One noticeable statistic is that both aero and non-aero revenue per passenger movement went into reversal in the quarter, despite the across-the-board increases in revenues and passenger numbers. Another is that gearing increased by 57.5 ppts.
The proportionality of income streams did not vary considerably between 1Q2011 and the p-c-p except that income from aeronautical services increased proportionately to the decline of non-aero revenues (including retail) by approximately 10ppts. MAHB has for several years emphasised the need to develop non-aeronautical revenues but (and as Table 1 confirms) they are not increasing to the same extent as aeronautical revenues right now. MAHB also has an interesting sideline revenue stream which is described as "agriculture and horticulture" (2%).
On the cost side of the equation, staff costs rose by 6.75% and some direct overheads by almost 47%.
The announcement came as local markets were reacting badly to a poor financial showing in 1Q2011 from Malaysia Airlines (MAS), whose shares fell in the immediate aftermath to a new decade low. But that result followed a very positive one in FY2010 when the national carrier turned around a USD201 million loss to a USD86 million profit. The situation is also complicated by MAS’ move away from the MSCI Malaysia Index.
In any case the real mover and shaker in the region is AirAsia, which turned in an operating profit of USD358 million in FY2010 (+59% and the fourth highest of an LCC, anywhere). The partly-held subsidiary AirAsia X also continues to grow though it may face a stiff challenge from Singapore Airlines’ proposed long-haul LCC. Both these AirAsia brands operate from the current KLIA LCCT, together with Thai AirAsia and Indonesia AirAsia, where they collectively dominate proceedings.
AirAsia’s market capitalisation is now almost 80% larger than that of MAS. Less than a year ago, AirAsia's market capitalisation reached parity with MAS for the first time.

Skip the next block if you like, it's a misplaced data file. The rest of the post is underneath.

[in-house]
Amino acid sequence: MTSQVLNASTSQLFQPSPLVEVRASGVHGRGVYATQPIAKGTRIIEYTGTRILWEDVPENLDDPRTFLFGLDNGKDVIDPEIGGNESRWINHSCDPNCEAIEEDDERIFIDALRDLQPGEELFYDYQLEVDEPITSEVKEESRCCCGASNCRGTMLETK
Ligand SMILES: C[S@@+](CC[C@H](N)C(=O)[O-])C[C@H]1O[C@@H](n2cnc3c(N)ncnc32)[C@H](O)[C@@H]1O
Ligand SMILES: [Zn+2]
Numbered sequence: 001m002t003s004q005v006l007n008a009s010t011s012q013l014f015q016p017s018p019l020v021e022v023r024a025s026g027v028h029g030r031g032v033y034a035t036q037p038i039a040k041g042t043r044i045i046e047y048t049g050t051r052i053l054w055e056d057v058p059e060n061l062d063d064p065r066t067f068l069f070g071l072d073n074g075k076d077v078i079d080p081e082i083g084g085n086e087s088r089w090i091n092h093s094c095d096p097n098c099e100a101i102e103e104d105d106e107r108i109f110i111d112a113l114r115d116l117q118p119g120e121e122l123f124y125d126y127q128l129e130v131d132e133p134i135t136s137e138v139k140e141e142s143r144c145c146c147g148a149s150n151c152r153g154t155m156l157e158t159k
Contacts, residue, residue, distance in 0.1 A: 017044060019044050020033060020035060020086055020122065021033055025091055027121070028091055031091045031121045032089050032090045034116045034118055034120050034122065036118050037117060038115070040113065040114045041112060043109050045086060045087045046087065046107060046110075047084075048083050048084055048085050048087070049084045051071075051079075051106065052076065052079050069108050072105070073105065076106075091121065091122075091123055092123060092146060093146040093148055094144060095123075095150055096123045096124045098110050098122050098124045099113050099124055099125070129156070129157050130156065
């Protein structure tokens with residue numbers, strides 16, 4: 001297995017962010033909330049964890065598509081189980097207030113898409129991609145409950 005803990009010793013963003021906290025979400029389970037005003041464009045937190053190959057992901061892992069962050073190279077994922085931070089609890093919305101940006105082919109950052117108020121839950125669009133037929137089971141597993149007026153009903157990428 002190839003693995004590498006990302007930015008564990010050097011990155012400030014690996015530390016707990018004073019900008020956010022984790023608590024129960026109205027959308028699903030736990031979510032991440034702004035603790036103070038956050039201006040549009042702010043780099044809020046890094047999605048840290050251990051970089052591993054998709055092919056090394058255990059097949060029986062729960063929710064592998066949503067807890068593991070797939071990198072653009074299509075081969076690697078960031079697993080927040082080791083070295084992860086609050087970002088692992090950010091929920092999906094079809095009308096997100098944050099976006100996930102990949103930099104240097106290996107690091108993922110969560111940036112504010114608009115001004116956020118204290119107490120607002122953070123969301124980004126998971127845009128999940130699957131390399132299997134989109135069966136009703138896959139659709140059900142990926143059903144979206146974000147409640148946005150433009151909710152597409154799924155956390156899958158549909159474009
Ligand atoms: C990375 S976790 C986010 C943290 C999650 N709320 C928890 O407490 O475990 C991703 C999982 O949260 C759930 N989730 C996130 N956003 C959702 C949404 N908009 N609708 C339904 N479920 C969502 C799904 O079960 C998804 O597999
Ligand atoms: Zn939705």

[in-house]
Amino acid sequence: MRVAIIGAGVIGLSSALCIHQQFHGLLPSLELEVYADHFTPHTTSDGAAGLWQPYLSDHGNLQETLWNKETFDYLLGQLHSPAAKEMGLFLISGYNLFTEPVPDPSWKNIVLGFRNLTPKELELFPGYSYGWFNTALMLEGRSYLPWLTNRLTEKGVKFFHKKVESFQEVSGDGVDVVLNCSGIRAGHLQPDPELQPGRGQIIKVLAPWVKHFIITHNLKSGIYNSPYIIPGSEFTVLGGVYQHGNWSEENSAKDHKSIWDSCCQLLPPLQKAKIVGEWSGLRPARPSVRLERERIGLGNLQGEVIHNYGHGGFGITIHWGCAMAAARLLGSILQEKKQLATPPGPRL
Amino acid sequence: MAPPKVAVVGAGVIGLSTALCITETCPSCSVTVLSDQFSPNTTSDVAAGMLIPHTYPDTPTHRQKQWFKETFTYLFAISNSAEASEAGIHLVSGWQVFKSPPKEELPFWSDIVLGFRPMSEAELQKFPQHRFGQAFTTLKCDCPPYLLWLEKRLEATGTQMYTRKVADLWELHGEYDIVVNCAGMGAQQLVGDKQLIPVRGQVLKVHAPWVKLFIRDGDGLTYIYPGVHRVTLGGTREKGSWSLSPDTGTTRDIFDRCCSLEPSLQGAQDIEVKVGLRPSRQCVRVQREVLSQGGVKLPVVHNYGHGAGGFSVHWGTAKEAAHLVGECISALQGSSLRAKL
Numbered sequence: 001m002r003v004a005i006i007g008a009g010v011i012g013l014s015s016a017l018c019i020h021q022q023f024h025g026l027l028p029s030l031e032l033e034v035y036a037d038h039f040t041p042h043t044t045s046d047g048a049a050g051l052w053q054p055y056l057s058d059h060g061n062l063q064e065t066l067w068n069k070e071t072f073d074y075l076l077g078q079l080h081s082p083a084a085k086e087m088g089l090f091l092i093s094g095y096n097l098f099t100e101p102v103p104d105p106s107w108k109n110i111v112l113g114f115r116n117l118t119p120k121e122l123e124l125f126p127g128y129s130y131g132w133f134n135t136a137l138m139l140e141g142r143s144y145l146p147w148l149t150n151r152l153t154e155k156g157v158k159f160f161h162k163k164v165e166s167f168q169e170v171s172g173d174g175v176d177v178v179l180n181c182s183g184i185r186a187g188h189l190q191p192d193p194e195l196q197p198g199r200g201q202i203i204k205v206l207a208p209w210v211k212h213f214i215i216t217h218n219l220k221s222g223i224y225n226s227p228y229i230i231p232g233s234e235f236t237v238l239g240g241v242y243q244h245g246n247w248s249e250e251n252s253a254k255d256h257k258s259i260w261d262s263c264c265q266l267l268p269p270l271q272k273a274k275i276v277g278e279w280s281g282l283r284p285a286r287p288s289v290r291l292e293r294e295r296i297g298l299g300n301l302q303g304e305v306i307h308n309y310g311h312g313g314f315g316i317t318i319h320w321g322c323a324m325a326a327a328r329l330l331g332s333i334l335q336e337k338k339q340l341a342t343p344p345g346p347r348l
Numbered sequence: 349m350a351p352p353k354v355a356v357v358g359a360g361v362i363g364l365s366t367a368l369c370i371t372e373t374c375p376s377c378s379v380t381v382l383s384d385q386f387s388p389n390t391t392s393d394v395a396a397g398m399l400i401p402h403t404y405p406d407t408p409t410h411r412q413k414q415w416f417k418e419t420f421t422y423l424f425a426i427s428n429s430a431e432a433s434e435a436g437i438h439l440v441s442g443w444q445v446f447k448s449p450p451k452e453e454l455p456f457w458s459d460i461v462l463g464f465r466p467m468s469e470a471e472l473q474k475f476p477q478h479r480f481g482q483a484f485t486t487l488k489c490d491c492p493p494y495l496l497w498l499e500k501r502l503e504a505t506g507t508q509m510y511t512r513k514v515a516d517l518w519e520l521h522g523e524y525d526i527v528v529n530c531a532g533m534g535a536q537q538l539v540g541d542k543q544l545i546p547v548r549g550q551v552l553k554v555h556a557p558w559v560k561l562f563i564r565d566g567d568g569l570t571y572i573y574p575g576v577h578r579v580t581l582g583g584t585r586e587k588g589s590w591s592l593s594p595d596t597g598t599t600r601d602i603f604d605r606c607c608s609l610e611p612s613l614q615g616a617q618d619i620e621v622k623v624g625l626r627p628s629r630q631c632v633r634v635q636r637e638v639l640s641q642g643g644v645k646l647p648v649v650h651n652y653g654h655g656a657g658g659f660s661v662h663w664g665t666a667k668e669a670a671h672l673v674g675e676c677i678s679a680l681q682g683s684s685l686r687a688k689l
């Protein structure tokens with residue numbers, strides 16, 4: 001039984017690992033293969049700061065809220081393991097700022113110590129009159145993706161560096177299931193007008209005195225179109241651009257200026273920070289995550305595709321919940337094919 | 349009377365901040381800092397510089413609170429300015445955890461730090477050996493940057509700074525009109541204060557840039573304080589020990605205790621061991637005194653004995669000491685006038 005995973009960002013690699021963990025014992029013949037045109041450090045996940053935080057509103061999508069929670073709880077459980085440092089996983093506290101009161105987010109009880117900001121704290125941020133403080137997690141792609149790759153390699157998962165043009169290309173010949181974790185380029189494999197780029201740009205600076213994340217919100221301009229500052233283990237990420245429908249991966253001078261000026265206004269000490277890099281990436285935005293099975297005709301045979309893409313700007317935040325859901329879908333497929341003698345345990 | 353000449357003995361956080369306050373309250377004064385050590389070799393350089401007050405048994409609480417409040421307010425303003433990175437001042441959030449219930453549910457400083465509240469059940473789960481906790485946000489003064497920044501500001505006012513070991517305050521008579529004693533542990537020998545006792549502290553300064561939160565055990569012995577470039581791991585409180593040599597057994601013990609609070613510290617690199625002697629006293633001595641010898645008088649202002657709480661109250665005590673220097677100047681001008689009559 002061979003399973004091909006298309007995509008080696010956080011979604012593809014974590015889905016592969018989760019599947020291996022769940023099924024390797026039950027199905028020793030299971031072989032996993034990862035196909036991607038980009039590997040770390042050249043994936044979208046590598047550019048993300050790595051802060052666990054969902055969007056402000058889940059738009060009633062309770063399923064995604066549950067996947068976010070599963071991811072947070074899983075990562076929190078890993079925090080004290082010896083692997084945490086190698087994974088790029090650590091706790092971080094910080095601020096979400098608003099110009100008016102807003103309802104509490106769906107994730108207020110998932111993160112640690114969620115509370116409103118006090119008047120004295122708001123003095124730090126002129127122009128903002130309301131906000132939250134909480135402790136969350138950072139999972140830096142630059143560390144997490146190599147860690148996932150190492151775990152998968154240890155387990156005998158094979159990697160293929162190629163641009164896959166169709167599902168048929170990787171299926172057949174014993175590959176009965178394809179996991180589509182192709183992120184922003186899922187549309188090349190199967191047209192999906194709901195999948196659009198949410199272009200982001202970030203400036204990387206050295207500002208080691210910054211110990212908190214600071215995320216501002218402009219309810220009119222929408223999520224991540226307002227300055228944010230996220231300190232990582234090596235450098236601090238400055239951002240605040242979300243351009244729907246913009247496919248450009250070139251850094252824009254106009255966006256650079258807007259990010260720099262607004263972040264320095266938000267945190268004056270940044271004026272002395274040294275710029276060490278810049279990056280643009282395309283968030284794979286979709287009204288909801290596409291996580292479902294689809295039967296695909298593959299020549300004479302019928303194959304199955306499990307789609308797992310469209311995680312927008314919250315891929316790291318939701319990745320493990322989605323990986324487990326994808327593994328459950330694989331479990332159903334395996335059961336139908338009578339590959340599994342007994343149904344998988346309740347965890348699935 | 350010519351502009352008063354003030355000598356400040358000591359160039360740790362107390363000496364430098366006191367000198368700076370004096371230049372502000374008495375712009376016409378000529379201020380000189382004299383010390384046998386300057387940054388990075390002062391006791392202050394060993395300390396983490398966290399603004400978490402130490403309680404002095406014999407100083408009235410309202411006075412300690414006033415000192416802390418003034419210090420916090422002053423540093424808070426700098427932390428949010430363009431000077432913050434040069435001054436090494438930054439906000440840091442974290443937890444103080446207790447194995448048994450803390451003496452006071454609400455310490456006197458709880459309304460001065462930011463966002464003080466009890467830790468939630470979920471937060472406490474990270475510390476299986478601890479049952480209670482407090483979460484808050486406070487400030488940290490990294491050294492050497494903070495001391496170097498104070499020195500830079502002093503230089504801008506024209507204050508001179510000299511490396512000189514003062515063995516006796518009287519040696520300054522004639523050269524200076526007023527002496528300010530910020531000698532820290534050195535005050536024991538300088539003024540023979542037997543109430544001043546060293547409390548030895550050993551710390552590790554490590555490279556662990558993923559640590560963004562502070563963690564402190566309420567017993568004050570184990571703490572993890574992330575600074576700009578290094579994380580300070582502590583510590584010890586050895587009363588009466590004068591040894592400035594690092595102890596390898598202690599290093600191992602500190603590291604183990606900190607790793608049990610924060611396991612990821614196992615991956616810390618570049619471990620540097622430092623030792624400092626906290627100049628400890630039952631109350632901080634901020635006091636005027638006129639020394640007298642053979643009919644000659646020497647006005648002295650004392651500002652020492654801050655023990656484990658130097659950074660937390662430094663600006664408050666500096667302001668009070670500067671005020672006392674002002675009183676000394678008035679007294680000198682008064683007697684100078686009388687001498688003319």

MAHB is considering the introduction of an incentive programme from 01-Jan-2012, with the current scheme terminating at the end of 2011, and which rewards airlines for year-on-year passenger growth. This would be more in line with the kind of incentives other airports offer, according to MAHB’s CFO.
One good piece of news for MAHB is that passenger traffic for Apr-2011 improved by a greater amount than in 1Q2011; +16.3% for the whole organisation and +16% at KLIA, though statistics may have been skewed a little by the European ash cloud. But cargo volume fell by 6.1%.
Also Malaysia’s Transport Minister, Datuk Abdul Rahim Bakri, who is of the opinion that Malaysia's aviation industry is expected to undergo rapid growth and that KLIA will become an important air transport hub for Asia by 2020. The airport is expected to handle 67 million passengers by that date. Mr Bakri said the prediction is based on a 7% annual increase in operations, driven by LCCs and supported by the construction of Terminal 2. He noted that KLIA2 is one third complete.
MAHB was incorporated as a public limited company in Nov-1999 and listed on the Main Board of the Kuala Lumpur Stock Exchange, becoming the first airport operating company to be listed in Asia and the sixth in the world.